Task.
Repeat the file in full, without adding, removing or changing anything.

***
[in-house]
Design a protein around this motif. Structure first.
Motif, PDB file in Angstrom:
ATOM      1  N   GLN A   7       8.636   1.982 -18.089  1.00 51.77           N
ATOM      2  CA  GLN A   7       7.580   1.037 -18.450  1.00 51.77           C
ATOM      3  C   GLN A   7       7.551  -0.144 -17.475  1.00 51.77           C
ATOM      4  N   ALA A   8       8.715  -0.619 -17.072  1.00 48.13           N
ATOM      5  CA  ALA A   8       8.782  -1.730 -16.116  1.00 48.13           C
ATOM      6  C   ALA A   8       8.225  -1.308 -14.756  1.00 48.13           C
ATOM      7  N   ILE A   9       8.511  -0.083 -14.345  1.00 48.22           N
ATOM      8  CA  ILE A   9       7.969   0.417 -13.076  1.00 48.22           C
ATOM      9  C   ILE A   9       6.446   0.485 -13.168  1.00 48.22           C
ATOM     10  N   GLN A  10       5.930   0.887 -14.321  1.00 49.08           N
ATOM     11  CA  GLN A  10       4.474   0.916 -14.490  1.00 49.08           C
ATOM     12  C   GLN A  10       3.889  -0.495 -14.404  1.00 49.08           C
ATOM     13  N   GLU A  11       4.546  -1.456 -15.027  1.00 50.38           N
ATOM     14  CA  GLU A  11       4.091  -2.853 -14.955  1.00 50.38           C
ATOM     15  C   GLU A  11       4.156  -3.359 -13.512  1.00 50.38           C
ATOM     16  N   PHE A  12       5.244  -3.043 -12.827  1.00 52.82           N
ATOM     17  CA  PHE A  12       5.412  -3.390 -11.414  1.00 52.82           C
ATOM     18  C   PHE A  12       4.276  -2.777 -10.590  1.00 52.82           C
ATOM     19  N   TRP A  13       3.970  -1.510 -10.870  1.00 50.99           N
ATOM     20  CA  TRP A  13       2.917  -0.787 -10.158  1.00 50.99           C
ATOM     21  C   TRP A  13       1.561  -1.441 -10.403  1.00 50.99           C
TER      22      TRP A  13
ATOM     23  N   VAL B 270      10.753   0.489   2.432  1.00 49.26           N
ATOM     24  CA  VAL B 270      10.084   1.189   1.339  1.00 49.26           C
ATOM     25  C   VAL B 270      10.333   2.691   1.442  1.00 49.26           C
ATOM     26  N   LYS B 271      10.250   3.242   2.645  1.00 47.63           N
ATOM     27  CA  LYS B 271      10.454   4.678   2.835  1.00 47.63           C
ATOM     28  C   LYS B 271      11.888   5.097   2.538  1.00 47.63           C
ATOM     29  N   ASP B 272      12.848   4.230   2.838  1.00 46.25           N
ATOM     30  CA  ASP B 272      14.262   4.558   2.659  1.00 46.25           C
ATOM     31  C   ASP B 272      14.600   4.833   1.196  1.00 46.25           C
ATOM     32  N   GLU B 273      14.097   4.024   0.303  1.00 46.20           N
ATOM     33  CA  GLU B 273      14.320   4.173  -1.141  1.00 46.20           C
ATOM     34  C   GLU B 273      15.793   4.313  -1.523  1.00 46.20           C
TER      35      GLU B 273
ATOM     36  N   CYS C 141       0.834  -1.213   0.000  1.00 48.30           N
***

[in-house]
Design a protein around this motif. Structure first.
Motif, PDB file in Angstrom:
ATOM      1  N   GLN A   7       8.636   1.982 -18.089  1.00 51.77           N
ATOM      2  CA  GLN A   7       7.580   1.037 -18.450  1.00 51.77           C
ATOM      3  C   GLN A   7       7.551  -0.144 -17.475  1.00 51.77           C
ATOM      4  N   ALA A   8       8.715  -0.619 -17.072  1.00 48.13           N
ATOM      5  CA  ALA A   8       8.782  -1.730 -16.116  1.00 48.13           C
ATOM      6  C   ALA A   8       8.225  -1.308 -14.756  1.00 48.13           C
ATOM      7  N   ILE A   9       8.511  -0.083 -14.345  1.00 48.22           N
ATOM      8  CA  ILE A   9       7.969   0.417 -13.076  1.00 48.22           C
ATOM      9  C   ILE A   9       6.446   0.485 -13.168  1.00 48.22           C
ATOM     10  N   GLN A  10       5.930   0.887 -14.321  1.00 49.08           N
ATOM     11  CA  GLN A  10       4.474   0.916 -14.490  1.00 49.08           C
ATOM     12  C   GLN A  10       3.889  -0.495 -14.404  1.00 49.08           C
ATOM     13  N   GLU A  11       4.546  -1.456 -15.027  1.00 50.38           N
ATOM     14  CA  GLU A  11       4.091  -2.853 -14.955  1.00 50.38           C
ATOM     15  C   GLU A  11       4.156  -3.359 -13.512  1.00 50.38           C
ATOM     16  N   PHE A  12       5.244  -3.043 -12.827  1.00 52.82           N
ATOM     17  CA  PHE A  12       5.412  -3.390 -11.414  1.00 52.82           C
ATOM     18  C   PHE A  12       4.276  -2.777 -10.590  1.00 52.82           C
ATOM     19  N   TRP A  13       3.970  -1.510 -10.870  1.00 50.99           N
ATOM     20  CA  TRP A  13       2.917  -0.787 -10.158  1.00 50.99           C
ATOM     21  C   TRP A  13       1.561  -1.441 -10.403  1.00 50.99           C
TER      22      TRP A  13
ATOM     23  N   VAL B 270      10.753   0.489   2.432  1.00 49.26           N
ATOM     24  CA  VAL B 270      10.084   1.189   1.339  1.00 49.26           C
ATOM     25  C   VAL B 270      10.333   2.691   1.442  1.00 49.26           C
ATOM     26  N   LYS B 271      10.250   3.242   2.645  1.00 47.63           N
ATOM     27  CA  LYS B 271      10.454   4.678   2.835  1.00 47.63           C
ATOM     28  C   LYS B 271      11.888   5.097   2.538  1.00 47.63           C
ATOM     29  N   ASP B 272      12.848   4.230   2.838  1.00 46.25           N
ATOM     30  CA  ASP B 272      14.262   4.558   2.659  1.00 46.25           C
ATOM     31  C   ASP B 272      14.600   4.833   1.196  1.00 46.25           C
ATOM     32  N   GLU B 273      14.097   4.024   0.303  1.00 46.20           N
ATOM     33  CA  GLU B 273      14.320   4.173  -1.141  1.00 46.20           C
ATOM     34  C   GLU B 273      15.793   4.313  -1.523  1.00 46.20           C
TER      35      GLU B 273
ATOM     36  N   CYS C 141       0.834  -1.213   0.000  1.00 48.30           N